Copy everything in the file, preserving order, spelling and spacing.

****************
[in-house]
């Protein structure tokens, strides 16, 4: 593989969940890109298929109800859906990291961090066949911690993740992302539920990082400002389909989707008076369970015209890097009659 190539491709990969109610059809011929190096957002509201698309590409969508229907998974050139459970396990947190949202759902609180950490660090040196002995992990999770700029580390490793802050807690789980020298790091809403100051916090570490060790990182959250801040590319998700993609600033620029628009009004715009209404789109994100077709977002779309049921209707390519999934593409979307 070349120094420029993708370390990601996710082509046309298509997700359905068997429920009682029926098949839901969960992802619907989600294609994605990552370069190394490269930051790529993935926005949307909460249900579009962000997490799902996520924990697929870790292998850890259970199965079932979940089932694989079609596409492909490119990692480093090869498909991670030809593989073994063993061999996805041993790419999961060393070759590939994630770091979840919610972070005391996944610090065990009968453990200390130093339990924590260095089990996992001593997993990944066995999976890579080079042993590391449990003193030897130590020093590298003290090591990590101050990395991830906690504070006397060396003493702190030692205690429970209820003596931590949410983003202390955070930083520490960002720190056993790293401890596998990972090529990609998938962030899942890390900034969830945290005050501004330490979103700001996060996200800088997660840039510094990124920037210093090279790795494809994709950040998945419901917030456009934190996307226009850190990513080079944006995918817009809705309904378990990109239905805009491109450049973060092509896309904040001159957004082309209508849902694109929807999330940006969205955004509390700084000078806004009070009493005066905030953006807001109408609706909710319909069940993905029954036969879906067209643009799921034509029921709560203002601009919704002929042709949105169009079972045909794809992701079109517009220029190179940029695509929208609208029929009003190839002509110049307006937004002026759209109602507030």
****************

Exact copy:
[in-house]
């Protein structure tokens, strides 16, 4: 593989969940890109298929109800859906990291961090066949911690993740992302539920990082400002389909989707008076369970015209890097009659 190539491709990969109610059809011929190096957002509201698309590409969508229907998974050139459970396990947190949202759902609180950490660090040196002995992990999770700029580390490793802050807690789980020298790091809403100051916090570490060790990182959250801040590319998700993609600033620029628009009004715009209404789109994100077709977002779309049921209707390519999934593409979307 070349120094420029993708370390990601996710082509046309298509997700359905068997429920009682029926098949839901969960992802619907989600294609994605990552370069190394490269930051790529993935926005949307909460249900579009962000997490799902996520924990697929870790292998850890259970199965079932979940089932694989079609596409492909490119990692480093090869498909991670030809593989073994063993061999996805041993790419999961060393070759590939994630770091979840919610972070005391996944610090065990009968453990200390130093339990924590260095089990996992001593997993990944066995999976890579080079042993590391449990003193030897130590020093590298003290090591990590101050990395991830906690504070006397060396003493702190030692205690429970209820003596931590949410983003202390955070930083520490960002720190056993790293401890596998990972090529990609998938962030899942890390900034969830945290005050501004330490979103700001996060996200800088997660840039510094990124920037210093090279790795494809994709950040998945419901917030456009934190996307226009850190990513080079944006995918817009809705309904378990990109239905805009491109450049973060092509896309904040001159957004082309209508849902694109929807999330940006969205955004509390700084000078806004009070009493005066905030953006807001109408609706909710319909069940993905029954036969879906067209643009799921034509029921709560203002601009919704002929042709949105169009079972045909794809992701079109517009220029190179940029695509929208609208029929009003190839002509110049307006937004002026759209109602507030």